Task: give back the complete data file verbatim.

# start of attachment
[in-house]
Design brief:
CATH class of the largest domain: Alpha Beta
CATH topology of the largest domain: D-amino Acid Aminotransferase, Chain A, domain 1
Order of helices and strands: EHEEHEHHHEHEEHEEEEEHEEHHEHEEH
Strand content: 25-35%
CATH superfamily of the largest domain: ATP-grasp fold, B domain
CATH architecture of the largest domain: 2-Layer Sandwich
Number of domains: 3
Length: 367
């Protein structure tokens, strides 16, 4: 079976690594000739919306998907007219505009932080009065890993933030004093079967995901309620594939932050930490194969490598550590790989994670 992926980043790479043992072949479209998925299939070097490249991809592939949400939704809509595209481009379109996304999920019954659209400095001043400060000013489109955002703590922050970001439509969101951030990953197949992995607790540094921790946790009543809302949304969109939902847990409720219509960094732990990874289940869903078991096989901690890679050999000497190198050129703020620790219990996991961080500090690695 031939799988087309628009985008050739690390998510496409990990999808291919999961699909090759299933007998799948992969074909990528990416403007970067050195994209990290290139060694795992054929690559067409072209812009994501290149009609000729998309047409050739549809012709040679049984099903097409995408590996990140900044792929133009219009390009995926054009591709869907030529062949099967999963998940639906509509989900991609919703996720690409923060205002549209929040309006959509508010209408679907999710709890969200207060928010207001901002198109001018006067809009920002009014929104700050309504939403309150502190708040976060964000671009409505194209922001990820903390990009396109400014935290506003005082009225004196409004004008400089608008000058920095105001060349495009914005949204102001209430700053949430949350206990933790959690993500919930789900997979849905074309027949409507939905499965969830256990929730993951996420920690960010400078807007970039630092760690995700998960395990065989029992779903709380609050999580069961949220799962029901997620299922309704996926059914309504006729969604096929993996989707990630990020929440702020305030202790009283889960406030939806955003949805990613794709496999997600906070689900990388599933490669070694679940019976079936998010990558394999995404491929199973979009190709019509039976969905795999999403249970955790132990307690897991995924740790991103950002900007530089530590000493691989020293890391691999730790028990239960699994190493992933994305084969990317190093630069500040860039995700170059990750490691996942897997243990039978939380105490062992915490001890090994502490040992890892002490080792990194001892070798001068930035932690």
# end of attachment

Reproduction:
[in-house]
Design brief:
CATH class of the largest domain: Alpha Beta
CATH topology of the largest domain: D-amino Acid Aminotransferase, Chain A, domain 1
Order of helices and strands: EHEEHEHHHEHEEHEEEEEHEEHHEHEEH
Strand content: 25-35%
CATH superfamily of the largest domain: ATP-grasp fold, B domain
CATH architecture of the largest domain: 2-Layer Sandwich
Number of domains: 3
Length: 367
């Protein structure tokens, strides 16, 4: 079976690594000739919306998907007219505009932080009065890993933030004093079967995901309620594939932050930490194969490598550590790989994670 992926980043790479043992072949479209998925299939070097490249991809592939949400939704809509595209481009379109996304999920019954659209400095001043400060000013489109955002703590922050970001439509969101951030990953197949992995607790540094921790946790009543809302949304969109939902847990409720219509960094732990990874289940869903078991096989901690890679050999000497190198050129703020620790219990996991961080500090690695 031939799988087309628009985008050739690390998510496409990990999808291919999961699909090759299933007998799948992969074909990528990416403007970067050195994209990290290139060694795992054929690559067409072209812009994501290149009609000729998309047409050739549809012709040679049984099903097409995408590996990140900044792929133009219009390009995926054009591709869907030529062949099967999963998940639906509509989900991609919703996720690409923060205002549209929040309006959509508010209408679907999710709890969200207060928010207001901002198109001018006067809009920002009014929104700050309504939403309150502190708040976060964000671009409505194209922001990820903390990009396109400014935290506003005082009225004196409004004008400089608008000058920095105001060349495009914005949204102001209430700053949430949350206990933790959690993500919930789900997979849905074309027949409507939905499965969830256990929730993951996420920690960010400078807007970039630092760690995700998960395990065989029992779903709380609050999580069961949220799962029901997620299922309704996926059914309504006729969604096929993996989707990630990020929440702020305030202790009283889960406030939806955003949805990613794709496999997600906070689900990388599933490669070694679940019976079936998010990558394999995404491929199973979009190709019509039976969905795999999403249970955790132990307690897991995924740790991103950002900007530089530590000493691989020293890391691999730790028990239960699994190493992933994305084969990317190093630069500040860039995700170059990750490691996942897997243990039978939380105490062992915490001890090994502490040992890892002490080792990194001892070798001068930035932690």